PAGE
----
Travel analysts across the world are attempting to understand the massive changes the industry will undergo in the wake of the coronavirus pandemic. Millions of flights have been cancelled across the world's now-empty airports, group meetings and corporate events have moved online, and hotels are struggling to fill their rooms.
We've analyzed several aspects of post-COVID-19 travel, including organizing the transition to virtual programming, traveler safety, and the current, disrupted hotel RFP season.
The future of industry pricing is one of the most important details of this new landscaping, but it's also one of the hardest to predict. Hotel and airline rate changes are likely at the top of forward-thinking industry members' list of price concerns.
Atlantic Monthly travel correspondent James Fallows reported that April 2020 travel bookings were down 98 percent from last year. The average domestic flight had approximately 12.5 passengers on board. These current conditions -- a mass reduction in flights and in the number of passengers on the few that remain operational -- have caused most current ticket prices to remain stable or increase. Spirit Airlines found success through low ticket prices in early March, but can no longer count on massive discounts to fill its flights, according to Skift.
An almost non-existent demand for leisure travel have made rate cuts scarce. Until that demand returns, rates are unlikely to change.
"When can passengers start expecting lower fares? According to several analysts, not until demand for air travel starts to go up again—and price competition once again becomes a factor in people’s decisions on whether to fly," Fallows writes.
As localities across the world reopen, airfares are expected to decrease in order to encourage travel though most markets have experienced a pricing drop. Skift reports that some flights, especially domestic flights, will continue to be discounted. Flight discounts may also continue because of low oil prices.
Hotels face a slightly different challenge in dealing with the effects of the pandemic, with many smaller chains and properties struggling to remain afloat. Several analysts have advised owners and companies to avoid rate cuts and keep prices stagnant, to not "rush to cut too deeply or too quickly" according to Skift.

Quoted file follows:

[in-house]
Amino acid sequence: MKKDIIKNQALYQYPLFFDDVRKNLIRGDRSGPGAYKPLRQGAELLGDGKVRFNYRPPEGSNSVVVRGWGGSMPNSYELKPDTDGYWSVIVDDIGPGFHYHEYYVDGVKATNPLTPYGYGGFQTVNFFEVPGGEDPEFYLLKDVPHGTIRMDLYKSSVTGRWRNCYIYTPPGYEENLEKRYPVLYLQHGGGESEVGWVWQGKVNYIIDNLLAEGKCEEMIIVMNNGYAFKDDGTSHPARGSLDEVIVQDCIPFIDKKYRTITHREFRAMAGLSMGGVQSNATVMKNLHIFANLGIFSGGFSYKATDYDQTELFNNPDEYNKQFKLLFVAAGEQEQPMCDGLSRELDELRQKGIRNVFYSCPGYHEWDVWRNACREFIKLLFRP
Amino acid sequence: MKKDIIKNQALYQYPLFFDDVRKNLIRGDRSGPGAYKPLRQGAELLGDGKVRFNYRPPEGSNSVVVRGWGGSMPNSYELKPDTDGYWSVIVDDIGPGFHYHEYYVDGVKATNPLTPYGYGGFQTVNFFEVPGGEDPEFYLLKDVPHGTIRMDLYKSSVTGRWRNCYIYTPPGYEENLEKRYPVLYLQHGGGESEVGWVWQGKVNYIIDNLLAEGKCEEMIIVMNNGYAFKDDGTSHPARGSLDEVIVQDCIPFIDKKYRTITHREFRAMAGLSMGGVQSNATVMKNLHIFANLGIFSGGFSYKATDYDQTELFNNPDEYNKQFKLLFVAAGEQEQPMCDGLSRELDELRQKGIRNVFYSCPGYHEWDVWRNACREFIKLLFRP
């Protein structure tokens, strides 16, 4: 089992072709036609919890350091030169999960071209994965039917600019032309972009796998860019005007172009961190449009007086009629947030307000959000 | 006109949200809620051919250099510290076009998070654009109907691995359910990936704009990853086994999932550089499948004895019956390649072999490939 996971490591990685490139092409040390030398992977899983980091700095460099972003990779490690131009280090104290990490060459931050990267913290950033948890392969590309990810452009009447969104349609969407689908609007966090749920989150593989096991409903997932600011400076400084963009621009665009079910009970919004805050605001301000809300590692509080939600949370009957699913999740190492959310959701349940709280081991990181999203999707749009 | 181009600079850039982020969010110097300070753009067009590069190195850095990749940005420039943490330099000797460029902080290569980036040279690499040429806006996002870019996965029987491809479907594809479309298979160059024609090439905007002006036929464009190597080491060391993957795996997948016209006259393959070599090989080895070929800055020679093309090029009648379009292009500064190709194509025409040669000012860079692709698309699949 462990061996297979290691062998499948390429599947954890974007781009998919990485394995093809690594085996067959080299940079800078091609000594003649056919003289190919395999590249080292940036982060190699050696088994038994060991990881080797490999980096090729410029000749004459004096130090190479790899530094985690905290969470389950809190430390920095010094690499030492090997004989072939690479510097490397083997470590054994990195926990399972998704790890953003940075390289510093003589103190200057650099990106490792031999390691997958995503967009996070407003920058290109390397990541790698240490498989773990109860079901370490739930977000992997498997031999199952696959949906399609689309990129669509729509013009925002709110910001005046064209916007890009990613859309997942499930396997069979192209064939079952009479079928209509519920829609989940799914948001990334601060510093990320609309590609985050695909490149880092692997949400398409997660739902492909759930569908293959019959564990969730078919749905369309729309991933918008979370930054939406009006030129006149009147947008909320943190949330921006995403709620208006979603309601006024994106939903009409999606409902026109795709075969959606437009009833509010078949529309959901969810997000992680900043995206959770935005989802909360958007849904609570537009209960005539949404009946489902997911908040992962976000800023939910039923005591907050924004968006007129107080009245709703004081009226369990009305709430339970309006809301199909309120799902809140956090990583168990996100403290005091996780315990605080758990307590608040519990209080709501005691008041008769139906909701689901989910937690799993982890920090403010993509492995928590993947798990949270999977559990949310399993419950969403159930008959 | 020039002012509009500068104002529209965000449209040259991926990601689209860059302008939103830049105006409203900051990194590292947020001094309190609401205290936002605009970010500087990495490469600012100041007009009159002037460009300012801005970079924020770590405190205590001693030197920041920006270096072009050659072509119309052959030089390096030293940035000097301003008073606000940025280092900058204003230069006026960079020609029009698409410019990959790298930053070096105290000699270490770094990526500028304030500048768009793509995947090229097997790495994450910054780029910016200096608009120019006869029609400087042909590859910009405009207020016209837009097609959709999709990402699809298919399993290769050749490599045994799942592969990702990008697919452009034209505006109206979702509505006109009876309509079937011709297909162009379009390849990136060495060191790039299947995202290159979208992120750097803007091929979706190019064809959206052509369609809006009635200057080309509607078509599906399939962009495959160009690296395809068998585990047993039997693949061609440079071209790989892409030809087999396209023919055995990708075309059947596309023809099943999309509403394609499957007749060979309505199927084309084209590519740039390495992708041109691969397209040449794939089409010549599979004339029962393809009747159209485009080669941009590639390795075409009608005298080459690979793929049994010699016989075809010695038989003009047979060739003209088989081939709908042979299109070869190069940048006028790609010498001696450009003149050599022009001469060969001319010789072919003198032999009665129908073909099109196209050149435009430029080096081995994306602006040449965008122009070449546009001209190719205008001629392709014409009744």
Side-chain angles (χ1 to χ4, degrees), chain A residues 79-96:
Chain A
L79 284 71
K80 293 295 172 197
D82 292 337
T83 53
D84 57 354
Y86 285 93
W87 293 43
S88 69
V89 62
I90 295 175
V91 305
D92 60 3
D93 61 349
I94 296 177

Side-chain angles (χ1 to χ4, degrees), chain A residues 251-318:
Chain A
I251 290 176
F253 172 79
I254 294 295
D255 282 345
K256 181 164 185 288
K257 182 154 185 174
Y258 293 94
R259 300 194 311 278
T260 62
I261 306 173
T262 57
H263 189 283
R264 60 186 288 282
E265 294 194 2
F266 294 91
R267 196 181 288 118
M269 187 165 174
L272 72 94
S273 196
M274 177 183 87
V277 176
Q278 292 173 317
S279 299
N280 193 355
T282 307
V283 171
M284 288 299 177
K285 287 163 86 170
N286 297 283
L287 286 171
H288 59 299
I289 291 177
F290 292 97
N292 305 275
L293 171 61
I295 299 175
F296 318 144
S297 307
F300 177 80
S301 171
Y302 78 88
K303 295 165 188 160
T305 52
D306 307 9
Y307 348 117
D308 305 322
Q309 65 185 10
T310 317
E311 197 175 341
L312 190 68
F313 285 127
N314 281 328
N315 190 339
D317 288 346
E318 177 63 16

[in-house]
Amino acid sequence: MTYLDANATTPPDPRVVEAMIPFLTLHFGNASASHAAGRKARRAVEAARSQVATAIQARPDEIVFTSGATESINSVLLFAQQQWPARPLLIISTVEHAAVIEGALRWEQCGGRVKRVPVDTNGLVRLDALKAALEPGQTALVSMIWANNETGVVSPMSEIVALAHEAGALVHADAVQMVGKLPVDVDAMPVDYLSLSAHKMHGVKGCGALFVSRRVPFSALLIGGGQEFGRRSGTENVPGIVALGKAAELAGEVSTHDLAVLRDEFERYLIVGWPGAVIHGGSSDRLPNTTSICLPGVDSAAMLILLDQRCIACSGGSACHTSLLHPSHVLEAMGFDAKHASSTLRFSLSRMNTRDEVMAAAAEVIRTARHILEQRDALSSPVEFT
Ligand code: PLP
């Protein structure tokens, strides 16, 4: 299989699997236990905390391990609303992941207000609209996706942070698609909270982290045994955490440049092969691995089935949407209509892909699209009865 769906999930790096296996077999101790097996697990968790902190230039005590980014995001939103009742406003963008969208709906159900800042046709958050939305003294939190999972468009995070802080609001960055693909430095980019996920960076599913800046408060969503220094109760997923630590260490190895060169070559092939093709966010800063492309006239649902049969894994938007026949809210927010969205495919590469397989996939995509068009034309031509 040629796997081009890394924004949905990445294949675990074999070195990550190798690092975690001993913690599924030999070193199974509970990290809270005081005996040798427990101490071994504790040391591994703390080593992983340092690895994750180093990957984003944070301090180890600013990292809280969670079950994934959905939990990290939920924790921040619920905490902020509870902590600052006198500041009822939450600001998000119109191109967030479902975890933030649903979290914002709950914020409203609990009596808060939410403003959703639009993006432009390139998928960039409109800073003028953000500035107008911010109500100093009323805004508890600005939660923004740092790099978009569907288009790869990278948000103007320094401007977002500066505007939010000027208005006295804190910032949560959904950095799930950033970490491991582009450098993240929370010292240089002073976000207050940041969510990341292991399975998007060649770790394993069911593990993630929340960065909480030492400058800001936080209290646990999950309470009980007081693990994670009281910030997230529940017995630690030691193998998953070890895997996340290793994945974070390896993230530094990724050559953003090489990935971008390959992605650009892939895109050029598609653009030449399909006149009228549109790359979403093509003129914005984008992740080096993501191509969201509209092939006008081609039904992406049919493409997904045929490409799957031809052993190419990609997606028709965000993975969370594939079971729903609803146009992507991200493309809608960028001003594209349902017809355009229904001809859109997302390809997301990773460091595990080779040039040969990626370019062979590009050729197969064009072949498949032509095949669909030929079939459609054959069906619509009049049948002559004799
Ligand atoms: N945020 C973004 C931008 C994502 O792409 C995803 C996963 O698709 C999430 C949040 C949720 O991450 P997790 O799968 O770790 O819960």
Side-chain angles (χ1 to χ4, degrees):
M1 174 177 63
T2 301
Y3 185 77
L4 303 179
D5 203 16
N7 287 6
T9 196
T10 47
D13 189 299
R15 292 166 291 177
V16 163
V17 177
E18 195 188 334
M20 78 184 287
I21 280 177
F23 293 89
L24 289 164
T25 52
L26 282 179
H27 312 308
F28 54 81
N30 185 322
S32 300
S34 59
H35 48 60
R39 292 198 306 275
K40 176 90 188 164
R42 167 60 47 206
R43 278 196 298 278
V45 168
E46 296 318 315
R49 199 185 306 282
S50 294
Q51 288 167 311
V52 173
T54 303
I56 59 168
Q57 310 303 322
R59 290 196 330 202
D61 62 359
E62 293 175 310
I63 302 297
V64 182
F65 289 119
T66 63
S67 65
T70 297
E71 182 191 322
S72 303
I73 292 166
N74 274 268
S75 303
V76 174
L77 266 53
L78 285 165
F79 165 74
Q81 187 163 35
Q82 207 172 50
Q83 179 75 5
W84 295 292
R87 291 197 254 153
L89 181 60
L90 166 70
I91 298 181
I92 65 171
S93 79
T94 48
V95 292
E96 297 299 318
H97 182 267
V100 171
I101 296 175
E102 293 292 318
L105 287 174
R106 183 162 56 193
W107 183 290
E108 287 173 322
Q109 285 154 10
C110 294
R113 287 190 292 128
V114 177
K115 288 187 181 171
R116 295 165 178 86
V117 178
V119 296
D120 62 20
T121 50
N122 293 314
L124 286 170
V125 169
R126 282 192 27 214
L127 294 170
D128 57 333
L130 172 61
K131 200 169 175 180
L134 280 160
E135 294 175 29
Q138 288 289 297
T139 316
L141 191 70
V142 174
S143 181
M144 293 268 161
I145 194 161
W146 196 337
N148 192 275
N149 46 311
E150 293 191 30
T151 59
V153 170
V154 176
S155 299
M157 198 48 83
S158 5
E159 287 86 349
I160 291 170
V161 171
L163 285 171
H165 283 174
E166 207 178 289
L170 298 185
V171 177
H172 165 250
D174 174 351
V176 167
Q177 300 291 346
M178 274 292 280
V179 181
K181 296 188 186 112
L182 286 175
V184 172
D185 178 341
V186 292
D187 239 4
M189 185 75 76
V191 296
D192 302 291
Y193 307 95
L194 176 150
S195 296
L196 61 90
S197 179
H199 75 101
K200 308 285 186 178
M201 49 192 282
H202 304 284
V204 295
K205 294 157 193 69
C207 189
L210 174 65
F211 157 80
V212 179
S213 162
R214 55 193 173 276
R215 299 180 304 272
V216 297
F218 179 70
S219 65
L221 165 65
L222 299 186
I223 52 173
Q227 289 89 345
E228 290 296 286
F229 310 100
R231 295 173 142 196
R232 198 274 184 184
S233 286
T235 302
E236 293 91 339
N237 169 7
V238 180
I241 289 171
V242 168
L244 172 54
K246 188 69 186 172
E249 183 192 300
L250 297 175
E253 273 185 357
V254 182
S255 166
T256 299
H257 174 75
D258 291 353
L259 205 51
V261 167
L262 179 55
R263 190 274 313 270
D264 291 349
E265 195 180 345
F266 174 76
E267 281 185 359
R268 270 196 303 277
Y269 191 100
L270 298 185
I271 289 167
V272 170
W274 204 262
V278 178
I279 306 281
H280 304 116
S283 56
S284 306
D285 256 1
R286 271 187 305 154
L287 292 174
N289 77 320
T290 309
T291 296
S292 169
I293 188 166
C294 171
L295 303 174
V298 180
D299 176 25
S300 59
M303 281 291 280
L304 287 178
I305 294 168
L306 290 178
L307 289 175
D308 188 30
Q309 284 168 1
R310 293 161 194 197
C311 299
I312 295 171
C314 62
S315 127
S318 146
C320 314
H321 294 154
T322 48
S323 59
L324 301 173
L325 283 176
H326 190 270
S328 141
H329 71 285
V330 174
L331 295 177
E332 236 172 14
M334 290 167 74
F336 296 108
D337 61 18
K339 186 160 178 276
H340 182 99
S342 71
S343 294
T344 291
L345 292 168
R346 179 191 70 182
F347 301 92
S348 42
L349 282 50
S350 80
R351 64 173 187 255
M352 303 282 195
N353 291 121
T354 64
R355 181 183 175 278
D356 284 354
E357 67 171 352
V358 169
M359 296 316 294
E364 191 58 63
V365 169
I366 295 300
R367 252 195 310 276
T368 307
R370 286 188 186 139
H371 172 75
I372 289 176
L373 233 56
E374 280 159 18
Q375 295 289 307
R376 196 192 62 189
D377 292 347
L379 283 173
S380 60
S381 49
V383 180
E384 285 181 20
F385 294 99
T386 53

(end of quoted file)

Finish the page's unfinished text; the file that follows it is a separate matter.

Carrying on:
In order to avoid large rate cuts, some hoteliers are reportedly offering "value-add" amenities, some related to safety and sanitation, in order to attract guests. Those guests who continue to book rooms are either traveling for urgent reasons or planning for an eventual scaling-back of travel restrictions with the assurance of a full refund.
The industry's rate forecasts remain muddled, especially in the hotel sphere where the return of demand may not be as immediate as that of air travel. World Travel, Inc. has developed a solution that ensures clients are booking the lowest logical hotel rate despite volatile rates and pricing strategies.
World Travel's Hotel Shopping Bot audits bookings daily using TRIPBAM analytics to ensure that travelers have chosen the lowest logical rate. No traveler intervention is required in the process, and the system only selects alternate rooms from the same hotel, same amenity package, and same or better room type.
Travelers are immediately notified of rebookings and changes in their itinerary, while the client earns 60% of the savings achieved through the system. 21 World Travel clients are currently generating savings with the help of the Hotel Shopping Bot.
Despite the volatility surrounding travel pricing in a post-pandemic world, an increased client and traveler focus on low cost is certain. The Hotel Shopping Bot leverages these changing rates to help clients create savings that will be more important than ever before. The system also prioritizes safety and duty of care concerns, allowing travelers to view hotel occupancy and possible risks before departing.
Price and rate fluctuation has created major disruptions in the travel industry, and its effects are likely to be felt for years to come. Companies and travelers must rely on extensive audits, industry data analysis, and prioritized safety concerns to meet this new problem head-on and generate the savings that will be increasingly necessary in a post-pandemic world.